Examples from my personal career include North Carolina’s informal coalition of public and private land and wildlife conservation organizations in the 1980s that formulated and implemented strategies resulting in protection of many dozens of natural areas, wildlife refuges, and parks across that state; formation of the statewide North Carolina coalition and network of private land trusts in the 1990s, which coordinated and orchestrated efforts to protect (and secured public funding sources for protecting) many more of that state’s most treasured and important natural places and ecological assets; and establishment, largely in the first decade of the 2000s, of similar coalitions of private land conservancies and allied public agencies across the southeastern U.S., from Virginia to Florida, from Kentucky to the Gulf of Mexico coastal region.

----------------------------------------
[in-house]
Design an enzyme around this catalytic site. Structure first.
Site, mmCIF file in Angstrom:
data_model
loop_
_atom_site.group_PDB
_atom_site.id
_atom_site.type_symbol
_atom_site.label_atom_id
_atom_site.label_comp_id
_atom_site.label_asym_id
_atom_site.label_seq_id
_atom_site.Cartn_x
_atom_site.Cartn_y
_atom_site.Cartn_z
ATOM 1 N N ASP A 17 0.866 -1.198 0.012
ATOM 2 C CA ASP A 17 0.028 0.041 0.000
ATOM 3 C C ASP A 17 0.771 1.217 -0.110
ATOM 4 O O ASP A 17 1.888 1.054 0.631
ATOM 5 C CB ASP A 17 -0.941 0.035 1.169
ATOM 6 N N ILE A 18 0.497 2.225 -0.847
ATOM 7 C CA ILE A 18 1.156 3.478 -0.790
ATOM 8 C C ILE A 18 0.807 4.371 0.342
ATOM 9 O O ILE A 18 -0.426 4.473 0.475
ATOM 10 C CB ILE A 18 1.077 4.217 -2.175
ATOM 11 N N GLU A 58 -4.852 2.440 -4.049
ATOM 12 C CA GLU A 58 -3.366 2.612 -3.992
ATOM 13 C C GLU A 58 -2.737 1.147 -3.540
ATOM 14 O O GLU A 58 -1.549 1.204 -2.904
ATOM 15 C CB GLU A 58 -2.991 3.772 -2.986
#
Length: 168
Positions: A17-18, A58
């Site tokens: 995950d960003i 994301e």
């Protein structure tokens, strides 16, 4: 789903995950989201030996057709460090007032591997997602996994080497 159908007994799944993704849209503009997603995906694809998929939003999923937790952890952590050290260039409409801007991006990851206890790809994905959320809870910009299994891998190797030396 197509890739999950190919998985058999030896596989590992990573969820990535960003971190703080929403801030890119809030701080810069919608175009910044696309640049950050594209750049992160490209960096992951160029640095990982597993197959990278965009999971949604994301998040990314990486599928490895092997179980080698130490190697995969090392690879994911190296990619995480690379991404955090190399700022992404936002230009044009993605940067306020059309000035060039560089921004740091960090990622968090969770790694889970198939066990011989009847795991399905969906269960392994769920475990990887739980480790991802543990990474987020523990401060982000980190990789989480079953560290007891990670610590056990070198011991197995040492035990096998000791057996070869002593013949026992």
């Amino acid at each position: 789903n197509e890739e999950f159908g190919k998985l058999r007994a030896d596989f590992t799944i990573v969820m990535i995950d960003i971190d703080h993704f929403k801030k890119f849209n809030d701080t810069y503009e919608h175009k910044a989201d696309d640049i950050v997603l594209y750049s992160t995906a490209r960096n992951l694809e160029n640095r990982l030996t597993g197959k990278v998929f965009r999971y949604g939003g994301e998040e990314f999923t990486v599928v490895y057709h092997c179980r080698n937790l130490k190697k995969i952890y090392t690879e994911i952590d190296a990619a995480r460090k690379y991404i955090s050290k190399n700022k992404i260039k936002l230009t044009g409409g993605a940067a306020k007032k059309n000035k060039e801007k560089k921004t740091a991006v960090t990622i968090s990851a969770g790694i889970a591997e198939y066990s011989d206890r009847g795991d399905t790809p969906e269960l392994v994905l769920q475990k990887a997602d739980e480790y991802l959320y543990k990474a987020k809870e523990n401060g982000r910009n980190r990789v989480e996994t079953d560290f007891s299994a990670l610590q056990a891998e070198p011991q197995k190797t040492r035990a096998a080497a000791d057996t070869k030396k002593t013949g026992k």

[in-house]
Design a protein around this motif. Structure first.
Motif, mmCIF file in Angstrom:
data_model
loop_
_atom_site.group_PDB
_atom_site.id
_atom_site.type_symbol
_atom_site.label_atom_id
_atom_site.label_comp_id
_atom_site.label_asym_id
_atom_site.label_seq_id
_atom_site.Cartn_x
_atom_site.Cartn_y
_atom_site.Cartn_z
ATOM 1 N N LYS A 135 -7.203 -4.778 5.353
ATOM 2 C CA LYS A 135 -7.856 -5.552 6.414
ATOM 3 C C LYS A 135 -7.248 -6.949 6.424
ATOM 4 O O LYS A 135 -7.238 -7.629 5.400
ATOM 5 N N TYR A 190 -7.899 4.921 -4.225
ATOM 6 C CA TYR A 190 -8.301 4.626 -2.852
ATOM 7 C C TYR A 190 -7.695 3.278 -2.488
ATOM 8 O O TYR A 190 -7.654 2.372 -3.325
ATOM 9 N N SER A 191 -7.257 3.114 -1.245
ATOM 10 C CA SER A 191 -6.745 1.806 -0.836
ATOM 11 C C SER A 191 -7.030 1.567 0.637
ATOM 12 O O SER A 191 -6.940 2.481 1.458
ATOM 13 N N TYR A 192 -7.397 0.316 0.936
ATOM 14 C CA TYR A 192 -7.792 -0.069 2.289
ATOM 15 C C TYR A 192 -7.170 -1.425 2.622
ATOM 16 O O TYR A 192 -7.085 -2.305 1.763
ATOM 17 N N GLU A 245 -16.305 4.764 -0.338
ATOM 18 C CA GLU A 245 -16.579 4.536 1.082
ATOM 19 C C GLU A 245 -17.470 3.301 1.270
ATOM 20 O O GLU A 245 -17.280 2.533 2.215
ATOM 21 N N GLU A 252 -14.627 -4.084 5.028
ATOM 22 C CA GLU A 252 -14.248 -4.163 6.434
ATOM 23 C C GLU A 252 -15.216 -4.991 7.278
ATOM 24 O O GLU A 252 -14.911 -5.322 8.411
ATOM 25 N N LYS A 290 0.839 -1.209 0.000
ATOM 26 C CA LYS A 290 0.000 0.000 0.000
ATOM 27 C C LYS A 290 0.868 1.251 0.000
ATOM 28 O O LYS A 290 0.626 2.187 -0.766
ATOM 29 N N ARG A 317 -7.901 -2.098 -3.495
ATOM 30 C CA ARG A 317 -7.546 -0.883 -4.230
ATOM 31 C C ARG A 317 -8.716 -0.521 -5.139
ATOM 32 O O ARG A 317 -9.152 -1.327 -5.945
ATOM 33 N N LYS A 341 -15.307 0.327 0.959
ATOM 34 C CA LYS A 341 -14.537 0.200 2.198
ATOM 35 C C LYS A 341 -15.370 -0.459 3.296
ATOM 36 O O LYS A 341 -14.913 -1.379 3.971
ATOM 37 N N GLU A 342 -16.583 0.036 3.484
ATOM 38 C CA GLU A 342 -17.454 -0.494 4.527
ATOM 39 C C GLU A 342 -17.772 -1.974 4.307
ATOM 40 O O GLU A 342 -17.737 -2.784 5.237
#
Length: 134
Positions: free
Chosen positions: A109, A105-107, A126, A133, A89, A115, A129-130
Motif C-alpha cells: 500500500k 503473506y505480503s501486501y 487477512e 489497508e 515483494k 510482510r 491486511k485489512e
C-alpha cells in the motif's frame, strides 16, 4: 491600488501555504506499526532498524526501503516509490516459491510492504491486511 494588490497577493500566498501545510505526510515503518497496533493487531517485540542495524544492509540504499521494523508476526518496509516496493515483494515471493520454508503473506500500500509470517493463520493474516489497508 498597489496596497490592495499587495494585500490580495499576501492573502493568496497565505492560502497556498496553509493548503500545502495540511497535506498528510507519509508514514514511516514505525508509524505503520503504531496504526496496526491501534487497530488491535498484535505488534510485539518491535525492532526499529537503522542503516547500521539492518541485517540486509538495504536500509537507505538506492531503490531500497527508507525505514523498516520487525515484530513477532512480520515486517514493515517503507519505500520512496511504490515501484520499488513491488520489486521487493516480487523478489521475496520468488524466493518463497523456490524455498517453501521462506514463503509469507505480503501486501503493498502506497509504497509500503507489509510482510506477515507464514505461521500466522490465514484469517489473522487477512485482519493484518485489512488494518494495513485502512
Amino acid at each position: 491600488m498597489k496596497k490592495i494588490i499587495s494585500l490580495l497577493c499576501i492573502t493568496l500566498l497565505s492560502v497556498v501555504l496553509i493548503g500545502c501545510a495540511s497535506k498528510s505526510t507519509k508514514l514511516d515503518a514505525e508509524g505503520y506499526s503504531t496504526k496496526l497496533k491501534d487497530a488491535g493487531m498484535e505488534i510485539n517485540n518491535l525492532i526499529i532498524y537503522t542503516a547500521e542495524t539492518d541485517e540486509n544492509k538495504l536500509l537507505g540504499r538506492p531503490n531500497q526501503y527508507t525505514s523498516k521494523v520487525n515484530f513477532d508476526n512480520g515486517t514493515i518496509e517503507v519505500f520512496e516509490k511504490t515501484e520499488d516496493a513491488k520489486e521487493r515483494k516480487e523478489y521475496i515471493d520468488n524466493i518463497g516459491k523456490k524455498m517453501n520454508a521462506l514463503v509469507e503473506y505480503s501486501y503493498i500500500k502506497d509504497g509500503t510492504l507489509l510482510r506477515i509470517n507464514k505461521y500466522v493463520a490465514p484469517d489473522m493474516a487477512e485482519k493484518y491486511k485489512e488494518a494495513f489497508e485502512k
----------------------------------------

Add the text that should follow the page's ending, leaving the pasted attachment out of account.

I believe we too often miss opportunities in land conservation and water resource protection by failing to work in stronger collaboration, communication, and alliance among private and public efforts to conserve and protect land, water, and wildlife resources. There has been no “umbrella” or coordinating entity serving the function of networking the various land and water and wildlife conservation groups working across the state or larger region. And the national associations of land or wildlife or river protection groups seldom work cooperatively and almost never attempt to integrate their program efforts, let alone to coordinate activities among their local member organizations.
I am heartened in now seeing more broadened efforts toward collaboration-building displayed among the current generation of land-water-wildlife conservation practitioners. A few current examples are the partnerships formed around protecting water quality and water-dependent ecological resources in the Chesapeake Bay basin, the ACE Rivers basin of coastal South Carolina, the upper Neuse River and lower Cape Fear River basins of North Carolina.
--Chuck Roe, Southern Conservation Partners President